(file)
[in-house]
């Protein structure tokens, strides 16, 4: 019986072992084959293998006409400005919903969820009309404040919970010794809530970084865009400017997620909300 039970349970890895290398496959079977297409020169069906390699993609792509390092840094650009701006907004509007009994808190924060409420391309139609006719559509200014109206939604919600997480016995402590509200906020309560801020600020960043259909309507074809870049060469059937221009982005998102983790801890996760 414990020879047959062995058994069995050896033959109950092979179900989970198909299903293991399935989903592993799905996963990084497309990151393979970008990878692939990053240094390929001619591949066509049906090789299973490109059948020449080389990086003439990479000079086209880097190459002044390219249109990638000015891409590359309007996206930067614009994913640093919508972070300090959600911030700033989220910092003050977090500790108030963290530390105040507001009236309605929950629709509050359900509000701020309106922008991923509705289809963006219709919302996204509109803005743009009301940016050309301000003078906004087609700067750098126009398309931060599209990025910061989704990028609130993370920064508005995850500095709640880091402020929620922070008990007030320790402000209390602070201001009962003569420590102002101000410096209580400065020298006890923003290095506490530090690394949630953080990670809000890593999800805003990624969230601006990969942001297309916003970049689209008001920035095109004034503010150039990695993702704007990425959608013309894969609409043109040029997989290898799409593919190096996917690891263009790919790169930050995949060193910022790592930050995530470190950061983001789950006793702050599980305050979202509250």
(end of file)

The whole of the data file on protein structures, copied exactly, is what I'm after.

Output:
[in-house]
């Protein structure tokens, strides 16, 4: 019986072992084959293998006409400005919903969820009309404040919970010794809530970084865009400017997620909300 039970349970890895290398496959079977297409020169069906390699993609792509390092840094650009701006907004509007009994808190924060409420391309139609006719559509200014109206939604919600997480016995402590509200906020309560801020600020960043259909309507074809870049060469059937221009982005998102983790801890996760 414990020879047959062995058994069995050896033959109950092979179900989970198909299903293991399935989903592993799905996963990084497309990151393979970008990878692939990053240094390929001619591949066509049906090789299973490109059948020449080389990086003439990479000079086209880097190459002044390219249109990638000015891409590359309007996206930067614009994913640093919508972070300090959600911030700033989220910092003050977090500790108030963290530390105040507001009236309605929950629709509050359900509000701020309106922008991923509705289809963006219709919302996204509109803005743009009301940016050309301000003078906004087609700067750098126009398309931060599209990025910061989704990028609130993370920064508005995850500095709640880091402020929620922070008990007030320790402000209390602070201001009962003569420590102002101000410096209580400065020298006890923003290095506490530090690394949630953080990670809000890593999800805003990624969230601006990969942001297309916003970049689209008001920035095109004034503010150039990695993702704007990425959608013309894969609409043109040029997989290898799409593919190096996917690891263009790919790169930050995949060193910022790592930050995530470190950061983001789950006793702050599980305050979202509250």